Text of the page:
The show has an over-arching story of finding the real killer and then finding out why Charlie was set up as the fall guy.  Each episode has the “main” case which is being worked as Charlie proceeds with his personal investigations.
Lewis, Shahi and Arkin are all touch perfect in their roles, with Lewis getting the best lines, Shahi the best facial reactions and Arkin as a strange kind of “glue” in the arch storyline.  At various points Ted asks Charlie: “Am I Robin to your Batman?” Then later: “I’m Alfred, aren’t I?”
My viewing wasn’t a “true” binge, as most nights I was only able to watch two episodes, and on a weekend a string of four, but it was still a compressed version of viewing the series which ran over two seasons, but was less than 40 shows because one of the years was during the television writers strike.
As I was going through the first season (11 episodes) I thought, wow, this show sure seems familiar, but I know I haven’t seen this before.  About half way through the second season (21 episodes) I started hitting shows I had seen and which I did remember generally, but not specifically.  I particularly did not remember the over-arch story, so it was interesting to see how much I’d missed and probably never understood in the first going.  As it turns out, NBC moved the series around in several timeslots, which explains why I never saw the series ending – they moved the time and I missed the initial viewing.  Although the main arch gets resolved, there are still a number of unanswered questions which we’ll now never know anything more about.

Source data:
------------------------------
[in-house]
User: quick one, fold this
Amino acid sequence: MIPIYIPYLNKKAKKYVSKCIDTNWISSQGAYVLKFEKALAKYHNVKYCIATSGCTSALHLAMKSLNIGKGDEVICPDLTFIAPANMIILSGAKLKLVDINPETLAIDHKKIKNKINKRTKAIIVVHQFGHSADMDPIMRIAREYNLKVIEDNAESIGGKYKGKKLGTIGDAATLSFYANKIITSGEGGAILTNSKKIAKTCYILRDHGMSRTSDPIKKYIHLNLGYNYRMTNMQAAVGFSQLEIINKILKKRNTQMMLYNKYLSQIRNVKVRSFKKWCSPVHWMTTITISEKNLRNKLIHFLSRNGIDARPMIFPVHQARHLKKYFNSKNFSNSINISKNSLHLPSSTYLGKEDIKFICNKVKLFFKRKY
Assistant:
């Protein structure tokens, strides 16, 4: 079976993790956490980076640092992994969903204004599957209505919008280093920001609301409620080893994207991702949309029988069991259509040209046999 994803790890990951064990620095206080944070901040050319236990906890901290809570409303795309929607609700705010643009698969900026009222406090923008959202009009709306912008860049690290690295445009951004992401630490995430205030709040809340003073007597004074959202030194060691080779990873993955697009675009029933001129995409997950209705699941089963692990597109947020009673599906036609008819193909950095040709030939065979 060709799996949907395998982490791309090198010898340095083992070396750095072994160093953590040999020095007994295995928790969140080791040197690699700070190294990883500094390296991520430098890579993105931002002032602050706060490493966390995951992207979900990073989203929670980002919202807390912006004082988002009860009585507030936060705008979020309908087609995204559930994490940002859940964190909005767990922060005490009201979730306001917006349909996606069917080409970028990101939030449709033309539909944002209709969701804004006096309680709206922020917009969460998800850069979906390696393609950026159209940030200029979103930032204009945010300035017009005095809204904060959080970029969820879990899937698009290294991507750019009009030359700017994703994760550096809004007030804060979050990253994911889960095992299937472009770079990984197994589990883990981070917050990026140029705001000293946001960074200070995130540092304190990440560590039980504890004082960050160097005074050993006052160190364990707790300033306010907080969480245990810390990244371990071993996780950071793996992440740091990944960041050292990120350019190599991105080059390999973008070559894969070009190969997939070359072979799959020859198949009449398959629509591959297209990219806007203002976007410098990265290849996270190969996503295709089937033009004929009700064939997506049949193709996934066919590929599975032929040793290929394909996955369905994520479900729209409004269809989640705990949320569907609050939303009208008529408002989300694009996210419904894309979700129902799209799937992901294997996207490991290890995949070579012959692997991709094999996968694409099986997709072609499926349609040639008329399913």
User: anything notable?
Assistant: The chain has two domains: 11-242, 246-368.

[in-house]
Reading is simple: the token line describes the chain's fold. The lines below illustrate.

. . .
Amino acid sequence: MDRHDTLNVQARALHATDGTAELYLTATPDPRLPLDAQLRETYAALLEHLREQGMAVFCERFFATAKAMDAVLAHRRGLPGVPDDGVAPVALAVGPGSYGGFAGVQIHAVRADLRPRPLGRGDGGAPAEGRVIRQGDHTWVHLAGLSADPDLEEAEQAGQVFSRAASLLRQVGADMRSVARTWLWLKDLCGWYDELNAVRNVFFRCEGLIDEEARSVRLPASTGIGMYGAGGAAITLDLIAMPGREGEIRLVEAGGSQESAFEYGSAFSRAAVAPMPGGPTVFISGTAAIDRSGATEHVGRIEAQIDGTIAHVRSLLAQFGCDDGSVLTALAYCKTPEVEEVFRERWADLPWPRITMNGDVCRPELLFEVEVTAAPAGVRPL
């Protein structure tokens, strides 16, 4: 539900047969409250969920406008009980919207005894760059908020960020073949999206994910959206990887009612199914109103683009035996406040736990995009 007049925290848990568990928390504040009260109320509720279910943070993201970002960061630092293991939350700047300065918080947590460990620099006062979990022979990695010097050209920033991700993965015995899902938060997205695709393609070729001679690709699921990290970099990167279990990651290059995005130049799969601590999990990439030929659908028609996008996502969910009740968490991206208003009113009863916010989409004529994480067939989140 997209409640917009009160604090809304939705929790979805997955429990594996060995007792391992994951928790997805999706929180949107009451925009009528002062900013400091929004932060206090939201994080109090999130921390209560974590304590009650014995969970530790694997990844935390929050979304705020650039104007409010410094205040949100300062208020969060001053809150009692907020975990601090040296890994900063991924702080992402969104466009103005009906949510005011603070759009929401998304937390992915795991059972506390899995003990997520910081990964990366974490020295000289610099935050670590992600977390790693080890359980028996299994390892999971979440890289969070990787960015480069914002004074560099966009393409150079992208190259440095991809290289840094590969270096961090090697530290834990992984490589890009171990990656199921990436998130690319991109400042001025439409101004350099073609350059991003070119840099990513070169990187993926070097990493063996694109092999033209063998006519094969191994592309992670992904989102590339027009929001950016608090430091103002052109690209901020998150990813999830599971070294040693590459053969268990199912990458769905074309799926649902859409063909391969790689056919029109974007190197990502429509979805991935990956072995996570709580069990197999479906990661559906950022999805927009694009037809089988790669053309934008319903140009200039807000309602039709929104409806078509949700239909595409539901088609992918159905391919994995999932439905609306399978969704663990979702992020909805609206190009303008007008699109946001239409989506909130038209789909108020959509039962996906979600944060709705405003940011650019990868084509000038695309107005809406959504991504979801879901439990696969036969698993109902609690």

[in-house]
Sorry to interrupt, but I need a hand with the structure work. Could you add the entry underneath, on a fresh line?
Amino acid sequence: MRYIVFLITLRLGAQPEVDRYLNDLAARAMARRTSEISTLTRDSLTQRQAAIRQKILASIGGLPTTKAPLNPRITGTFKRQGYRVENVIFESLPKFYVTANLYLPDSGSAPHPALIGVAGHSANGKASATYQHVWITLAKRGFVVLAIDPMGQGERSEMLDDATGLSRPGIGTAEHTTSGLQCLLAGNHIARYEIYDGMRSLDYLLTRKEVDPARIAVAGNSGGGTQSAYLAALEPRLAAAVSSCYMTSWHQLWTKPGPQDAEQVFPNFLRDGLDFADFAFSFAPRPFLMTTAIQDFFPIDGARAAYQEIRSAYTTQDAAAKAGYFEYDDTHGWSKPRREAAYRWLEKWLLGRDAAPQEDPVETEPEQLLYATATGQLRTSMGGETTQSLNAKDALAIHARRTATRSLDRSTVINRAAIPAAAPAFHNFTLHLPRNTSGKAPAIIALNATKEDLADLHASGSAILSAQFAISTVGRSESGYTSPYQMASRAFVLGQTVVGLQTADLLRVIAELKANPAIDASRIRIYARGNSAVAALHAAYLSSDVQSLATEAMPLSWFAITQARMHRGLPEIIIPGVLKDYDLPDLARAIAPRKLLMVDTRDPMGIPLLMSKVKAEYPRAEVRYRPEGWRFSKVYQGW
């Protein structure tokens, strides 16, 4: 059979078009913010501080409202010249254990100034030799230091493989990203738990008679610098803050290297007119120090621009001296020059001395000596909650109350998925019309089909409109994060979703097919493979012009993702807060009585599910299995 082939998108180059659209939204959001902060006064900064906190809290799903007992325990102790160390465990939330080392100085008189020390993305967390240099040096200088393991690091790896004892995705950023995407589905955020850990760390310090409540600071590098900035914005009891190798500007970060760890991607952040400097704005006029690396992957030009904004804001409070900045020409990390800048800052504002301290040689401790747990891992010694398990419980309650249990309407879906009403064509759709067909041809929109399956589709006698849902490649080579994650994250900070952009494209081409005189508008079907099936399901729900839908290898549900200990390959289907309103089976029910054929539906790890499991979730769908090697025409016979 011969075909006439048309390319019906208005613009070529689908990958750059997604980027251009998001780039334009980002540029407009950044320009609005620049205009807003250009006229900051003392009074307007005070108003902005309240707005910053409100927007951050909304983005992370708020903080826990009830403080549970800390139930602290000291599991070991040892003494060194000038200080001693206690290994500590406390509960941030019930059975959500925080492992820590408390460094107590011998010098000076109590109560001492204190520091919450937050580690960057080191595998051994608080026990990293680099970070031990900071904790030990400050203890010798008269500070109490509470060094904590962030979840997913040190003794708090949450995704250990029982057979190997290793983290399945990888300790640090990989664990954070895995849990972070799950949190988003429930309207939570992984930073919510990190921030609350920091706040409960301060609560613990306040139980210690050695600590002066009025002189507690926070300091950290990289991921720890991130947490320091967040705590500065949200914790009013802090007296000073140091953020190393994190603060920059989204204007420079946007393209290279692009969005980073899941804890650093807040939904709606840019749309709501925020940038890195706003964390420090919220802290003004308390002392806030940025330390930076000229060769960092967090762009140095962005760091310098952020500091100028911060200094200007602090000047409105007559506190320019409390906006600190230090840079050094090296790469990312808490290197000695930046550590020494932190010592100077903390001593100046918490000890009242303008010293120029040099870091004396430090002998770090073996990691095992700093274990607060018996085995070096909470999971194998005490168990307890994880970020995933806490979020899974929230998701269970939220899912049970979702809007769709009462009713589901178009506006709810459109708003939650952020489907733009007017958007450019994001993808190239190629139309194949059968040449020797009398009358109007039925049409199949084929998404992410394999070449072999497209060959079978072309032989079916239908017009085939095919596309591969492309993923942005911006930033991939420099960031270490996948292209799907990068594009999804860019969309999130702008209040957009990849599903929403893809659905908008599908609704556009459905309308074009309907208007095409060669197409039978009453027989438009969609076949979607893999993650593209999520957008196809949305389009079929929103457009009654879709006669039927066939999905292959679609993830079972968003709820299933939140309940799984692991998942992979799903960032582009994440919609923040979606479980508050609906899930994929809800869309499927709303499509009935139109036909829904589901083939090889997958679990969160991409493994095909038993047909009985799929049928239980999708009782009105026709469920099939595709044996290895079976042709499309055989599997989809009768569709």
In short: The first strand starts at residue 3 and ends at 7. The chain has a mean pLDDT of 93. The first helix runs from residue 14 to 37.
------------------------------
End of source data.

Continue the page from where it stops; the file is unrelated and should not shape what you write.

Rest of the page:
Anyway, while it is not the most realistic cop show on TV, I found it to be very entertaining and, if you have the time, I highly recommend it!  As mentioned, I found it on HULU, for free, both seasons.  The drag is if you’re not on HULU+, you will have to sit through annoying advertising.  Still, a small price to pay for otherwise quality entertainment.
I wish someone would bring the show back, but they’d probably have to re-boot the series with new actors, so I guess that ain’t gonna happen and if it did, it would probably ruin the show’s chemistry.   C’est la vi…  —  KMAB]
.
On This Day In:
2013 Reason Is Your Light
2012 Bordering Manhood
2011 Even Christ Couldn’t

Read Full Post »

%d bloggers like this: